“Jewish Heart for Africa” has the technology to show how donor dollars are lighting up African clinics, orphanages and schools. JHA is an American-israeli organization with a “Jewish Heart” for helping those in need around the world.
By partnering with the Israeli solar technology company SolarEdge Technologies (www.solaredge.com), JHA is now making it possible to monitor the solar installations they’ve donated and set up in four African countries.
Thanks to SolarEdge’s award-winning PowerBoxes (http://israel21c.org/201102068796/briefs/red-herring-honors-solaredge), visitors to the JHA website can now see online in real-time how their contributions have changed lives of people using the schools or clinics equipped with solar electricity to power laptops, light bulbs and refrigerators for medicine.
According to JHA, about one in six African children will die before the age of five. They suffer from a lack of education and basic medications and vaccines, and often have little parental support because of AIDS epidemics.
Lighting up Africa
Sivan Ya’ari, the Israeli founder and president of JHA, says that since the organization began in 2008, it has completed 37 solar and agricultural projects in Ethiopia, Tanzania, Uganda and Malawi, impacting more than 150,000 African people directly.
A second JHA program, Project Agro, uses Israeli drip irrigation systems made by Netafim (www.netafim.com) to increase agricultural yields in an effort to fight food shortages.
But its first and primary project, Sol, is dedicated to installing Israeli solar panels and technologies to power schools, medical clinics, orphanages and water pumping systems. Companies JHA works with include Interdan (www.interdan.com), which sells its solar panels at cost to the charity, and SolarEdge, whose PowerBox product boosts performance of the photovoltaic panels and also allows for remote online monitoring.
“I can open my computer now and see how well the system is operating in a village,” says Ya’ari, who works from the United States and Israel.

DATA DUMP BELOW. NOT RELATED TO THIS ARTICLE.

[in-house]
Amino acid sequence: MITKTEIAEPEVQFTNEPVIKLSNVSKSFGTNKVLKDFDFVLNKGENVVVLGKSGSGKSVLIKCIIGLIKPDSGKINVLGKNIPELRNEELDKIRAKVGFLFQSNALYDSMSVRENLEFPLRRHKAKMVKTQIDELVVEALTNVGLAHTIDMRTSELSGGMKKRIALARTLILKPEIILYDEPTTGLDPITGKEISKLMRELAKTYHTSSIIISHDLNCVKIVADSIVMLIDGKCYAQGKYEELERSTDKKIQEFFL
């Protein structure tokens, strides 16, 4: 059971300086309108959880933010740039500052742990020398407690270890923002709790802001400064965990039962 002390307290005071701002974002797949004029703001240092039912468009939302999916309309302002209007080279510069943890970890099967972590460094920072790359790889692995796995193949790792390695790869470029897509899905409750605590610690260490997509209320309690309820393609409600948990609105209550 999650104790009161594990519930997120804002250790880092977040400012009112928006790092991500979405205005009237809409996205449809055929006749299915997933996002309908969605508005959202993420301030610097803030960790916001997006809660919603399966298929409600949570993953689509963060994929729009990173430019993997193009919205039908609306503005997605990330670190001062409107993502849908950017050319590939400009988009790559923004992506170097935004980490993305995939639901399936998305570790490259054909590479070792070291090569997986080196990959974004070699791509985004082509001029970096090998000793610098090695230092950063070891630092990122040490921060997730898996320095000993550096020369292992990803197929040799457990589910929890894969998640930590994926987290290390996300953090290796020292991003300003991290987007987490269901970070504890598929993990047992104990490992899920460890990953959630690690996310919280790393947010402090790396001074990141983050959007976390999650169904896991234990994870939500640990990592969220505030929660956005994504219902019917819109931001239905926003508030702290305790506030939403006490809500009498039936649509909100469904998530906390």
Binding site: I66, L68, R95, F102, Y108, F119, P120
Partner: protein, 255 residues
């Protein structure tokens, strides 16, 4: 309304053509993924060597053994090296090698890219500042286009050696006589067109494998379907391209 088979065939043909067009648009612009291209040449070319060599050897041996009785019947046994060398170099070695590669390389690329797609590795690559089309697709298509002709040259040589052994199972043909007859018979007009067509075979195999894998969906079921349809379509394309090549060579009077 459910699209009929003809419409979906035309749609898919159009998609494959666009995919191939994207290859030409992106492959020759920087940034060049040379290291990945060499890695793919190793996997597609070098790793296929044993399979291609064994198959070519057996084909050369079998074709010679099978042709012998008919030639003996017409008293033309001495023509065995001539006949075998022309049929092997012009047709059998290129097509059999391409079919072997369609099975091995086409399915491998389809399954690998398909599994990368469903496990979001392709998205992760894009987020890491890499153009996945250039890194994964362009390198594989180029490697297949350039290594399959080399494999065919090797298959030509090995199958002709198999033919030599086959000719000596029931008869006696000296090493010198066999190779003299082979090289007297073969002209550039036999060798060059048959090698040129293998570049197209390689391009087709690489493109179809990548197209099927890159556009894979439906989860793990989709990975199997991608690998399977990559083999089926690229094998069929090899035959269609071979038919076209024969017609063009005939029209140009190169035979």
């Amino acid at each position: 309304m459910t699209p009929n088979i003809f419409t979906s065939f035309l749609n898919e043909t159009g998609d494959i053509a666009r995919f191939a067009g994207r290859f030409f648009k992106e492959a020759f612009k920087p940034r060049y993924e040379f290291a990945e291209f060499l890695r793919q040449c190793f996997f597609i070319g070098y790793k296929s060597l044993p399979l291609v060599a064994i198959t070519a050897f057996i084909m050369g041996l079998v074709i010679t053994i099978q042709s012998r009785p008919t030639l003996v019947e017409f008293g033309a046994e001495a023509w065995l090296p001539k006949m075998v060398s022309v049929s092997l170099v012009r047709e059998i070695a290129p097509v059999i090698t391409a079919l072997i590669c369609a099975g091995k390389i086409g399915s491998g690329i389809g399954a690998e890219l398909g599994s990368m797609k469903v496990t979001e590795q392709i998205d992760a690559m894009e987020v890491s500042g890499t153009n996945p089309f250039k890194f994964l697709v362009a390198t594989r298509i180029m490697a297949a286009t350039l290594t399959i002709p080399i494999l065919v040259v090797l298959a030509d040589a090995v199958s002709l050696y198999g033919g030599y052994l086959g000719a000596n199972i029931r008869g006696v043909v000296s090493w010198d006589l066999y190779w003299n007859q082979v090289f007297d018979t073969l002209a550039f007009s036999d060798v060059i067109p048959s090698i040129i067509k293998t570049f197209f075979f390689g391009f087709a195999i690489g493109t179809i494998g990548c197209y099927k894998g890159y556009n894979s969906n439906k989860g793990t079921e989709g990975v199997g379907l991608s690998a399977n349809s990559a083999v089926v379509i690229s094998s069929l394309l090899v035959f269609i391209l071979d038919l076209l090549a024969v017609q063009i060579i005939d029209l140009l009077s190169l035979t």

“Donors can see that the system actually works. And we are getting alerts in case it doesn’t. If that does happen, we can contact our local contractor. It’s been a real revolution for us. Now we are capable of doing more, and we don’t have to send out the local contractor every couple of weeks to check on the installation.”
On average, the charity is installing about 200 to 300 watts of solar power per project – enough to power three or four classrooms, one medical clinic with a refrigerator, 10 to 12 light bulbs or an orphanage.
How one fridge can save lives
“We are installing a bit more energy in the schools where we are getting them laptops, so they can access the laptops at night. Many children don’t have a home and sleep at the schools at night,” remarks the long-time social activist, who once worked for the United Nations.
“SolarEdge has been wonderful in helping us create that project,” Ya’ari adds, noting that SolarEdge PowerBoxes are already installed and remotely monitoring Jewish Heart solar projects in Uganda. Here, the organization also donated refrigerators to keep vaccines at optimum temperature before they are administered.
“Thanks to the fridge, people have been standing in line day and night, waiting to get their vaccine – something they couldn’t do before,” she says. Some 65,000 children have already received inoculations since the project began.
Ya’ari notes that most of the financial donors to the charity are Americans in their 20s and 30s. JHA has 20,000 followers on Facebook.
“It’s a kind of organization that attracts young Jewish professionals in the US,” she says, which leads to a large volunteer force. “Since our branding and marketing is about donating to Israel [so they can help Africa], we’ve attracted many of the young people who are concerned about global warming and clean energy.”
Meanwhile, she continues her mission to spread a little more Jewish light across Africa.
Jewish Heart for Africa
Source: Israel’s Ministry of Foreign Affairs
Author: Rivka Borochov